Everyone knows brainy is the new sexy.
We firmly believe everyone should read a little each day, to be honest. So of course, we're stoked about The One Book, One New York initiative– a citywide book club that will begin this upcoming March, alongside discussions and other events to promote reading amongst New Yorkers.
There's still time to vote on the book all of New York will be reading at once, and five celebrities will convince you of their top pick.
Each of the works seem very promising, and can be a great conversation starter when you've run out of Ted Talk ideas. According to Time Out NY, polls are open until February 28th. So cast your vote and let's get to reading!
Check out the videos making the case for each novel below:
Americanah by Chimimanda Ngozi Adichie
Follow the tale of two lovers leaving a military governed Nigeria for the Western world, but facing very separate outcomes until they reunite years later in their newly democratic homeland. Bebe Neuwirth praises the writer's skill of setting detail and character development, and we can totally agree with her.
The Brief Wondrous Life of Oscar Wao by Junot Diaz
A nerd from the ghetto by the name of Oscar Wao has the aspiring dream of breaking into the world of high fantasy writing, and of course finding love along the way. He blames his bad luck on the fuku, a family curse that goes through generations of his Dominican-American heritage.
Comedian and avid reader Larry Willmore recommends this to be the book for the month because of it being similar to 'The Larry Willmore Story' and the heart of its lead character.
The Sellout by Paul Beatty
The Sellout may seem like a serious stab at someone personally, but you'd be wrong. It's a satire in which the main protagonist tries to reinforce racial segregation in his Los Angeles neighborhood.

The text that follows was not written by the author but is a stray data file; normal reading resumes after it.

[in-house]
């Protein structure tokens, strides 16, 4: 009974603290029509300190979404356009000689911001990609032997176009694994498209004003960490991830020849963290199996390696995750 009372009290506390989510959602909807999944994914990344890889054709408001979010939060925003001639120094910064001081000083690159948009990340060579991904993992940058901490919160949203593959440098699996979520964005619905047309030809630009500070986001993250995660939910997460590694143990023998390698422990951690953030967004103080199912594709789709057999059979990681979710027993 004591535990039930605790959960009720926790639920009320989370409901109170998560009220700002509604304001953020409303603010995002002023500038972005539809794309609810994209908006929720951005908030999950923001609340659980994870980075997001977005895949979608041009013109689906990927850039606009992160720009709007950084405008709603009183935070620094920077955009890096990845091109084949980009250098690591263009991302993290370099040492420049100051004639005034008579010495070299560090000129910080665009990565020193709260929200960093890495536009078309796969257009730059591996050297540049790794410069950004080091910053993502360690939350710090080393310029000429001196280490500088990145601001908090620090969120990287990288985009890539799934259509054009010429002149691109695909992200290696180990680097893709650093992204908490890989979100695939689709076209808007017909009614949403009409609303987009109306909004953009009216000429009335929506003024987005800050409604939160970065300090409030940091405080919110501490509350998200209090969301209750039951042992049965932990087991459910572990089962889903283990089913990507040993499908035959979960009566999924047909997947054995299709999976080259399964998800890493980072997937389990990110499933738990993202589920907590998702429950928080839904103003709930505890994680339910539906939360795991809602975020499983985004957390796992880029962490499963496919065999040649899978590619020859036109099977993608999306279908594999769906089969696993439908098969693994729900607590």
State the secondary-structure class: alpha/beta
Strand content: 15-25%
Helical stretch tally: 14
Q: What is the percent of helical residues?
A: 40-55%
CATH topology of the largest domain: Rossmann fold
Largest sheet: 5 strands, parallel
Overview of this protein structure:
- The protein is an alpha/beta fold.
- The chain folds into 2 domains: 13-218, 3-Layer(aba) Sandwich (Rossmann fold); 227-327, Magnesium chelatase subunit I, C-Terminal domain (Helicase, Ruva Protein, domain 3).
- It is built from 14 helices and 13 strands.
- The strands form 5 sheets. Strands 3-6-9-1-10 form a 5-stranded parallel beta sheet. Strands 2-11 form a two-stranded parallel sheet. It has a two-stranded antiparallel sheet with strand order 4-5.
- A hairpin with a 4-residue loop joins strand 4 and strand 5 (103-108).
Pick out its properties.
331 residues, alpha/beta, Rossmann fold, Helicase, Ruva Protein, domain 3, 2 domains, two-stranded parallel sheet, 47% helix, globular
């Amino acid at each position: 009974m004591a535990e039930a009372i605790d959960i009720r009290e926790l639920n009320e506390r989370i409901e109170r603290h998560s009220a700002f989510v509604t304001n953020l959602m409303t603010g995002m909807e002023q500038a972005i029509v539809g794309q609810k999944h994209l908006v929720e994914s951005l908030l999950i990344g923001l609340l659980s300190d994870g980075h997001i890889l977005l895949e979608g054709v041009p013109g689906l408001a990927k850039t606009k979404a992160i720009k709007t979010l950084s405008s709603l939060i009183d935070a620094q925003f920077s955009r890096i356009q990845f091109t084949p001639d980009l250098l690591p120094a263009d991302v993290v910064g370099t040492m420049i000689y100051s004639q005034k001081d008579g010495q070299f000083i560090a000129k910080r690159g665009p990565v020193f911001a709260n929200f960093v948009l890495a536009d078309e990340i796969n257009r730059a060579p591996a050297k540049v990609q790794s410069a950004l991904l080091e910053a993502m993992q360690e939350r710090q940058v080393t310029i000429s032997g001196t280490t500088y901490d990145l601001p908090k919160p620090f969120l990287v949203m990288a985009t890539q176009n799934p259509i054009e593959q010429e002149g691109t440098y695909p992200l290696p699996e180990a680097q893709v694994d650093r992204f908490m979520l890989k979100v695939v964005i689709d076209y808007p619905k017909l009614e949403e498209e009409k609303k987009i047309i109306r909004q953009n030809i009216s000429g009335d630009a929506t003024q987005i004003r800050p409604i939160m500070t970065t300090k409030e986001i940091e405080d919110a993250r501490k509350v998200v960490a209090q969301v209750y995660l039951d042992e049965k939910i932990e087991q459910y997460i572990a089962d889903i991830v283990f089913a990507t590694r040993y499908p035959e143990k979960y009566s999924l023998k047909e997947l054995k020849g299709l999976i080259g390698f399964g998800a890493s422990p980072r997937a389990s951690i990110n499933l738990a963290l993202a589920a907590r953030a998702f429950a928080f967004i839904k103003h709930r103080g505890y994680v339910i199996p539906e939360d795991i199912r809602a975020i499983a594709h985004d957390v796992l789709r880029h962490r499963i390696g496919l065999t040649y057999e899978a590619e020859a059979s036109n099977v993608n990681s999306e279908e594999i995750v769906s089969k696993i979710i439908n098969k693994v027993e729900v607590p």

Yeah, like we said. Satire.
Giancarlo Esposito thoroughly enjoys it, and he thinks we all should too. Check out his video to see why.
A Tree Grows in Brooklyn by Betty Smith
Now, to bring up a classic is beloved actor William H. Macy with A Tree Grows in Brooklyn by Betty Smith. The story follows Francie Nolan, a wide-eyed idealist girl coming of age and her bittersweet years in the slums of Williamsburg.
This tale has captured the hearts of readers for more than sixty years, and it may catch yours thanks to Macy's pitch on the novel.
Between the World and Me by Ta-Nehisi Coates
Between the World and Me by Ta-Nehisi Coates talks about the 'racial construction' America has built and thrived on, and what it's like to be born of color and having to live within one's skin.
Orange Is The New Black star Danielle Brooks believes that this is a required reading for everyone, and considering the current state of American society, maybe she's on to something.